Do you name your plants?

Plants have many names!

Often, plants are displayed using their common names. Common names are often provincial, can describe an aspect of the plant, and can sometimes be hilarious. The snake plant, for instance, is also known as Mother-in-law’s tongue because of its sharp pointed shape (sharp and pointed…just like a mother-in-law, get it?).

While one plant can have many common names, it only has one scientific name. Scientific naming is used to group a plant species with other closely related species. Carl Linnaeus developed scientific naming…and don’t you worry, I’ll cover more about him in a later post.

And while a common name or a scientific name can tell you a lot about your plant, these names are impersonal! Common and scientific names represent many plants, not just your houseplant. For us at Welltended, we like to foster a relationship with our plants by giving them their own unique name — something that we think helps the plant develop a personality.

I do not claim to be a anthropologist (far from it), but to help with the naming process I’ve interviewed a few plant owners, and I believe I understand the major trends and themes behind the naming of plants. So, without further ado: Here are my notes on plant nicknames!

Nickname or None

Houseplant owners are split into two camps: those who name and those who do not. For the ones who choose not to bestow a nickname onto their plant, I found their main reasons to be:

  1. They prefer to save the naming for other things such as pets (well, for some plants are like pets…or at least the gateway to a dog or cat)
  2. They don’t want to name their plants because they have a fear it will die (at Welltended, we relieve this stress by offering expert care instructions written by yours truly, and even providing automated watering reminders and customer support!).
  3. Prefer to the common and scientific names (fair enough).
  4. Never thought to do it (well after reading this, you have no excuse).

Major themes in nicknaming plants

For those of us who do nickname plants, we do it because it provides a bit of personality to our leafy friends. Life is short…name your plant!

I have compiled the major themes in plant nicknames, as well as provided examples of each theme. If you think I have missed any major naming themes please send me an email at, I would love to know!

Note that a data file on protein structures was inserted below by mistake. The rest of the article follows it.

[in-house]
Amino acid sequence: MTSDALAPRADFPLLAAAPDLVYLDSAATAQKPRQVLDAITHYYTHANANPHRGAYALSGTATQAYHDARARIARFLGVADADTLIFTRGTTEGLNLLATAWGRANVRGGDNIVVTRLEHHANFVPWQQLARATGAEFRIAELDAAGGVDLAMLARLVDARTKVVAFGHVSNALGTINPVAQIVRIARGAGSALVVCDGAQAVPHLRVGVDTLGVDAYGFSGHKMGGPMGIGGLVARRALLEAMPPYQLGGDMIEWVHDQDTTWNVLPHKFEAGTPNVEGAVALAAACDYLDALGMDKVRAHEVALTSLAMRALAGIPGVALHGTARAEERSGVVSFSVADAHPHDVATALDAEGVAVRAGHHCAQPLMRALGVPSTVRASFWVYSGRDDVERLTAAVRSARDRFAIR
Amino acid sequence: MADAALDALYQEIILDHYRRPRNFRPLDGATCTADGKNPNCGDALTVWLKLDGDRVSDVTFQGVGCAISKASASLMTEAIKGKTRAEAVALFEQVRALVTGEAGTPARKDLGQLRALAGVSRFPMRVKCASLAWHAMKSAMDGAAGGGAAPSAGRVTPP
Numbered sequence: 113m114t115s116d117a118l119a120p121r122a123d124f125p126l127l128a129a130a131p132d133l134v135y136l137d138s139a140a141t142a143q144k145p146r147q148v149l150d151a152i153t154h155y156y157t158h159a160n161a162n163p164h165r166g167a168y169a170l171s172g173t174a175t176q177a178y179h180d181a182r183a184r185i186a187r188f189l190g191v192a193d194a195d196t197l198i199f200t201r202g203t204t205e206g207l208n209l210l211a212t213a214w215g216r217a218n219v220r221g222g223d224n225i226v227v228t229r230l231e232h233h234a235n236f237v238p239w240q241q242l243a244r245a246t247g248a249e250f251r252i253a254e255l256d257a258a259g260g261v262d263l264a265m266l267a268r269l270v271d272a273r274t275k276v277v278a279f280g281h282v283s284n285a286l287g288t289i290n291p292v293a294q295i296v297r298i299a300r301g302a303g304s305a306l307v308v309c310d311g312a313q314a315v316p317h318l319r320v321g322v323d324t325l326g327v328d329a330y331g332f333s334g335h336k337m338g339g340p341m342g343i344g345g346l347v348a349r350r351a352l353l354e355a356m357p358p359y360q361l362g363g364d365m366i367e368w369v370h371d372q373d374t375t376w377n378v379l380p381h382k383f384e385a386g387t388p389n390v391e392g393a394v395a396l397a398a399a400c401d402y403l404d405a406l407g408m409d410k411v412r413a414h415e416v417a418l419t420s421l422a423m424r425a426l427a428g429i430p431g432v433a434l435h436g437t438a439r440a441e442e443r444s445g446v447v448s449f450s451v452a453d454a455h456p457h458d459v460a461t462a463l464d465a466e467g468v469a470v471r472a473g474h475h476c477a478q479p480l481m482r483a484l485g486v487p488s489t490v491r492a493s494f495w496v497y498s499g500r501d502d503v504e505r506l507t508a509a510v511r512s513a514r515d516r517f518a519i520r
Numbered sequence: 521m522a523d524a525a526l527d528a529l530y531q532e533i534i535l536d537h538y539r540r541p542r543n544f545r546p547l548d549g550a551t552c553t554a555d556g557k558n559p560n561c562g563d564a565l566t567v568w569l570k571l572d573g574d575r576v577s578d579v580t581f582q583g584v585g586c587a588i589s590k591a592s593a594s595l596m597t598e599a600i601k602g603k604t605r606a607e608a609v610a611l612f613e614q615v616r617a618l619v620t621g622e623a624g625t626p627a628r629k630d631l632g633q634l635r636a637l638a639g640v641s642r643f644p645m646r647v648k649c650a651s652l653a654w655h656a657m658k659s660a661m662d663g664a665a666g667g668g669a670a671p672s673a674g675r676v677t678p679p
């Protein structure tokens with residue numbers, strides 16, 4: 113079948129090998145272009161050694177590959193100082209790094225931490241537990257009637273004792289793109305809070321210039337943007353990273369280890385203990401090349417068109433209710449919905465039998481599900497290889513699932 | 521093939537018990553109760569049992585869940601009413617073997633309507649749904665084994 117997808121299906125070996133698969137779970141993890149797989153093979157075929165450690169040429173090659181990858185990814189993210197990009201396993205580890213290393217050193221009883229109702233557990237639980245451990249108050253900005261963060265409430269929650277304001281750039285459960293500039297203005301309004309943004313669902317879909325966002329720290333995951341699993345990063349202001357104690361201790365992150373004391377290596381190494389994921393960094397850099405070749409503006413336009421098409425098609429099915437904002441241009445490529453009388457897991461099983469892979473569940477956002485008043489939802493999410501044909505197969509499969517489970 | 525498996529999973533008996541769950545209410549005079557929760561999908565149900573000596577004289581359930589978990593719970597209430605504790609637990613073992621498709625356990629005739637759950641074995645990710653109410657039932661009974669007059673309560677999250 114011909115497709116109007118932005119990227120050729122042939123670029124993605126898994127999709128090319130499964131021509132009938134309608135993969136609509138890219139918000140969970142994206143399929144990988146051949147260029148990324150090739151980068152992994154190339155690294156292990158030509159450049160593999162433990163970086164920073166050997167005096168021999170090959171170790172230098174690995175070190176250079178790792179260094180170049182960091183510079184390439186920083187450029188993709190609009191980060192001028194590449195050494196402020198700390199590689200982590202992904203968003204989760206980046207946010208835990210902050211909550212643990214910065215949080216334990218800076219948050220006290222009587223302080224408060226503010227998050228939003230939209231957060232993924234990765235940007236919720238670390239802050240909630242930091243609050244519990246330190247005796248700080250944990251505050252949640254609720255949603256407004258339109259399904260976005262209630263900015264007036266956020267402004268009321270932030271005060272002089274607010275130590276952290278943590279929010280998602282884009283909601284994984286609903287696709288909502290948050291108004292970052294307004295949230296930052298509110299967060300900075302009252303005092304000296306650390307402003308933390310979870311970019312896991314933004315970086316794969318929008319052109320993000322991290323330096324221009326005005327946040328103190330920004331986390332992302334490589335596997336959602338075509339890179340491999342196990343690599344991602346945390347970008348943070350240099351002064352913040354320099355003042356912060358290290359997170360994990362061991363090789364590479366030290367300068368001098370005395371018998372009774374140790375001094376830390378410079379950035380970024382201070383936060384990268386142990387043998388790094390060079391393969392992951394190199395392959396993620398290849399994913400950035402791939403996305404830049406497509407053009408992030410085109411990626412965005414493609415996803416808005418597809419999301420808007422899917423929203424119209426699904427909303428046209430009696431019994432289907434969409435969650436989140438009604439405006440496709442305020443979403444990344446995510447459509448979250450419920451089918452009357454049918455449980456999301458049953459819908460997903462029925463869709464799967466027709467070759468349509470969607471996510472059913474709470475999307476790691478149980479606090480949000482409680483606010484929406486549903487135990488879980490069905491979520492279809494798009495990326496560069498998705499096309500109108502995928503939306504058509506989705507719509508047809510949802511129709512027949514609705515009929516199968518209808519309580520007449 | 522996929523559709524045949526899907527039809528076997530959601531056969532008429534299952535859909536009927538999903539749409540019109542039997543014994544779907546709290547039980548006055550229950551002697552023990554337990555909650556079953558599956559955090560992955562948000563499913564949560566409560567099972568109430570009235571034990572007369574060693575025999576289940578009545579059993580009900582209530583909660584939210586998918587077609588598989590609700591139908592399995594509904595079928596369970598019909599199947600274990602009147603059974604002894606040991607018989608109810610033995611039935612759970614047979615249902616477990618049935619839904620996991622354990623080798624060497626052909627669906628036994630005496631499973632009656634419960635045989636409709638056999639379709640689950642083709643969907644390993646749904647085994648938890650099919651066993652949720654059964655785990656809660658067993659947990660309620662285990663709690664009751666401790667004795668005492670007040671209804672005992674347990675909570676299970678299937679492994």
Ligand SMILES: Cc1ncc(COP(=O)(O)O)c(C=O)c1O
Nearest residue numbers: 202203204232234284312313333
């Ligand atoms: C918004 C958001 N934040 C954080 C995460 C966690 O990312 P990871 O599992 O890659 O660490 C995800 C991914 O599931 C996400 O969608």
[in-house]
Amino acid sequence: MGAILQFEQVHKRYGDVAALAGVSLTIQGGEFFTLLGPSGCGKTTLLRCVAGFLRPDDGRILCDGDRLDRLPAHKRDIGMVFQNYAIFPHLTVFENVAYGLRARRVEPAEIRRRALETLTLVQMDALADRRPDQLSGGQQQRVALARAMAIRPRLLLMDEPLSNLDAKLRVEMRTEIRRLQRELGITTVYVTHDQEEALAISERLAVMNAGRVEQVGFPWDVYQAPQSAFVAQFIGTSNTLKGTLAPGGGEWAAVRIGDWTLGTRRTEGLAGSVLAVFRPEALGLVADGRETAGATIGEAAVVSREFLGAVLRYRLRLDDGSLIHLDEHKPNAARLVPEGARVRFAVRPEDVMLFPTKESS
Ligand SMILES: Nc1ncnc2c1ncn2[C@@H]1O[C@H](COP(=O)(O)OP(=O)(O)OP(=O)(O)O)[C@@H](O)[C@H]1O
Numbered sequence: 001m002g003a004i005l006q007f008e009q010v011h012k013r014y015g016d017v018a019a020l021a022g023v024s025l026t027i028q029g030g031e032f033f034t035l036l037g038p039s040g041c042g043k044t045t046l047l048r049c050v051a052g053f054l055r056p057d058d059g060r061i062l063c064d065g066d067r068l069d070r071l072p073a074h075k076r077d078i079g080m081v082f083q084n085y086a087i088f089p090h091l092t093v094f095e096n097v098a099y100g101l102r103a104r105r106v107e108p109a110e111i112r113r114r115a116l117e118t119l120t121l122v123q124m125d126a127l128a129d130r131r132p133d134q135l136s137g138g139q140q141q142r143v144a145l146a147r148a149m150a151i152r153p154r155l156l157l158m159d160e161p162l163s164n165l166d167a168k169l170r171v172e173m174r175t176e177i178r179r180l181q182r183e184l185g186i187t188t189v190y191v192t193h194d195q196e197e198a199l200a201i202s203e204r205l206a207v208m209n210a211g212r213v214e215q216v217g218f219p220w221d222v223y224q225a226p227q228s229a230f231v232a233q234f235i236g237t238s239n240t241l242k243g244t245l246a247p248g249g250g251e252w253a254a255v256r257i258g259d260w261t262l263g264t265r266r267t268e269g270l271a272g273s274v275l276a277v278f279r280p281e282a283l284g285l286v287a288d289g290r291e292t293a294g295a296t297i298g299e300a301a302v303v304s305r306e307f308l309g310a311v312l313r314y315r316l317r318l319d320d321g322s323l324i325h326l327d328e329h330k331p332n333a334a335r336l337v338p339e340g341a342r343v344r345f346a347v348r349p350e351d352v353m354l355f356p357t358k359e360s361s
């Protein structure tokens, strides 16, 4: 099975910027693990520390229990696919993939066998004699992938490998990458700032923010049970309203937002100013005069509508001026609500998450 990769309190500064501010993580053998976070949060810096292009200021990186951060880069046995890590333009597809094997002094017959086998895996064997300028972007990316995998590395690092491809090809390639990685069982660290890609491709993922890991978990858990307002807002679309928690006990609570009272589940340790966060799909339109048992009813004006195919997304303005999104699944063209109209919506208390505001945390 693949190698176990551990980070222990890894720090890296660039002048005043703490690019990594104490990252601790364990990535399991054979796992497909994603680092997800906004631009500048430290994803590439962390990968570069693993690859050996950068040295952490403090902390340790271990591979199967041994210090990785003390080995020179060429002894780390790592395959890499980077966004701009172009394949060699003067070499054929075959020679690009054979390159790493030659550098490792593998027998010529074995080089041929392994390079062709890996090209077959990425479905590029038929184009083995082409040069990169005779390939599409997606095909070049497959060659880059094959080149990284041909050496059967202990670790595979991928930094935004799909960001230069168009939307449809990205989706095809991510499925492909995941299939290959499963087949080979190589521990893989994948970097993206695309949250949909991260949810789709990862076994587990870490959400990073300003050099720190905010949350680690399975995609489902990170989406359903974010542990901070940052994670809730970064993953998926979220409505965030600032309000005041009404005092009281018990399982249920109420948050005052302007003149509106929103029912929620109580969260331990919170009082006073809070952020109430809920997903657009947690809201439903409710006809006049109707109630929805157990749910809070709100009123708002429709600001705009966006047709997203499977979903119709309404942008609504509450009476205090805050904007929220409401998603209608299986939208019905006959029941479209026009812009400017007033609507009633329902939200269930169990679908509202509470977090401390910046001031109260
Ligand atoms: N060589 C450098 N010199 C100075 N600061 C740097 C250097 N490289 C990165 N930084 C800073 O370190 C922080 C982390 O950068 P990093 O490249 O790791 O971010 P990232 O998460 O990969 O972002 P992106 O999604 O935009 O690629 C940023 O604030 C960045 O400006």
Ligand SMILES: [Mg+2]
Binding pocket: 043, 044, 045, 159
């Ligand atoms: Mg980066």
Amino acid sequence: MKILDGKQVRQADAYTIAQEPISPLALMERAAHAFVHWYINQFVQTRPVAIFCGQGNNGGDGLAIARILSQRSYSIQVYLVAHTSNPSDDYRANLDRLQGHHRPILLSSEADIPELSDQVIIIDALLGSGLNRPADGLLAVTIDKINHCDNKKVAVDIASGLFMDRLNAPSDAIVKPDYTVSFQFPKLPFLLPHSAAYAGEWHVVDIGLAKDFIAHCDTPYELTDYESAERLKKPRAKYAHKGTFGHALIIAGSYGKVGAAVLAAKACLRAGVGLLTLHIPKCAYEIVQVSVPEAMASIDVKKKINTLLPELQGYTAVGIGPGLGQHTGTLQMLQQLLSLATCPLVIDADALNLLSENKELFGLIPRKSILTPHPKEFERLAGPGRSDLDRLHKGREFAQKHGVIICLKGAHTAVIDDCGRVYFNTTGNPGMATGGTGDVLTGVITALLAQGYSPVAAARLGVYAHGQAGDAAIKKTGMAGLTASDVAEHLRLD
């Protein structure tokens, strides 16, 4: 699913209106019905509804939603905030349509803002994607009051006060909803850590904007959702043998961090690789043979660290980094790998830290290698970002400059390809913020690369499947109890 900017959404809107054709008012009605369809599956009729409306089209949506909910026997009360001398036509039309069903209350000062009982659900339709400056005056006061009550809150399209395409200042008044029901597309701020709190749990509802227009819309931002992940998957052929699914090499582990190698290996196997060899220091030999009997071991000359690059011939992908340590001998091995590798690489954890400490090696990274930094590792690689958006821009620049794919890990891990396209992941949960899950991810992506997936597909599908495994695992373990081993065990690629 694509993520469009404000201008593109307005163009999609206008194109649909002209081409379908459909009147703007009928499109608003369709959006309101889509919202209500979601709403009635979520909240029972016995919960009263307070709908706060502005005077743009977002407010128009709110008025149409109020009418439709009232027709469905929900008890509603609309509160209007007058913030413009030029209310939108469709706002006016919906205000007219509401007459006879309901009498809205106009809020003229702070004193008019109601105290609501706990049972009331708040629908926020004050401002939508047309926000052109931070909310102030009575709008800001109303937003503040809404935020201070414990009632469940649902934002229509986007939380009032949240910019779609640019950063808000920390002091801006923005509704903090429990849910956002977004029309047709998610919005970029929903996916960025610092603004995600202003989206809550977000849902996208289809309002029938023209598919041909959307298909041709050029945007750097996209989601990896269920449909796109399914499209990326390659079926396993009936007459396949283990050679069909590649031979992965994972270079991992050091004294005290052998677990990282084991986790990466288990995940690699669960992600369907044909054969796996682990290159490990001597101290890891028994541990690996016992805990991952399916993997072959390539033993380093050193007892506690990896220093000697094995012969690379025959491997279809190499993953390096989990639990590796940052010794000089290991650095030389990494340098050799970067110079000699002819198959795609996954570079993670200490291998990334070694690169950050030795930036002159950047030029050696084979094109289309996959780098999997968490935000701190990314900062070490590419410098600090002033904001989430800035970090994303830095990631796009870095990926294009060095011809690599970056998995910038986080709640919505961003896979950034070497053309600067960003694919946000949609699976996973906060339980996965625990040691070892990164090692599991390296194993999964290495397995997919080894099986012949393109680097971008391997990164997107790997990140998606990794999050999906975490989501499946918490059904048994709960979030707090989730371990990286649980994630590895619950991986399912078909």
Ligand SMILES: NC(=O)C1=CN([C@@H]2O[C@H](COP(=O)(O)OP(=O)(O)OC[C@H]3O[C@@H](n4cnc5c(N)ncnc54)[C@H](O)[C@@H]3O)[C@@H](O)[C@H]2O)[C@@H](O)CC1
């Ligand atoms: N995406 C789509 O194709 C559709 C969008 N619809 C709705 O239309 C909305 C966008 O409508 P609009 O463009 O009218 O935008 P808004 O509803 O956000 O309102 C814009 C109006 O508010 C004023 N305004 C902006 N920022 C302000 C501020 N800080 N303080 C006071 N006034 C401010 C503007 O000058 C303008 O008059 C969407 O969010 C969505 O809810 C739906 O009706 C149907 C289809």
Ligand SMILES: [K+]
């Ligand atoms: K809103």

Old Fashioned Names

Perhaps a bit dated nowadays, they make excellent names for plants:

Martha, Evelyn, Harold, Roger, Gerard, Bertrand, Bertha, Ida, Albert, Archibald, Cornelius, Clyde, Ernest, Virgil, Florence, Myrtle, Edith, Winnifred, Selma, Walter, Marj

Common Names

Why stop with humans, give plants the same names!

Chuck, Brad, Richard, Gary, Martha, Chad, Kevin, Greg, Steve, Jim, Barbara , Linda, Susan, Karen, Betty, Donna, Deborah, Chris, Amy, Eric, Cheryl, Judy, Keith, Ralph, Bruce, Fred, Newman, Mark

Historical Figures, Mythology, Famous People, Characters from Books/TV/Movies

No part of human culture is safe from being bestowed onto a plant.

Zeus, Odin, Hera, Athena, Caesar, Abraham Lincoln , Brad Pitt , Gandalf, Bilbo, Beyoncé, Nic Cage, Bill Murray, Angela Merkel, Margaret Thatcher.

Literal Names

Why bother with complex names, just describe it.

Plant, Leaf, Shrub, My Bamboo, Flower, Cactus, Tree, Friend, Life, Partner

Pet Names

Don’t stop with your new dog or cat! Continue right on with your plants.

Spike, Snuggles, Sparkle, Rover

Adjectives (sort of)

Sometimes merely a description will do.

Jerk (maybe it sheds leaves on your expensive carpet), Mr. Prickles, Purple Plant, Love of My Life,

Points for adding puns and/or alliteration into your plant naming scheme

Now here are the advanced maneuvering of plant naming.

King Cactut, Morgan Tree Man, Orlando Bloom, Roman Plantski, Tree Diddy, Succulberry Finn, WOODrow Wilson, SucCUTElent, Herb(ert), Treeminator, Leaf Erickson, Hocus Crocus, Cactus Everdeen, “Hello” Vera, Shane the sharp, Justin TIMBERlake, Jennifer Plantiston

I hope you’ve enjoyed my brief overview of plant nicknames! As you can see the possibilities are endless…and we’ve thought about this a lot. There really are no bad plant names (for the most part).

Do you have a nickname for you plant? If so we want to hear about it!! Tag #welltended on Instagram or Facebook with a picture of your plant, its nickname, and an explanation for how you came up with your plants name. We may feature you on Welltended’s social media pages!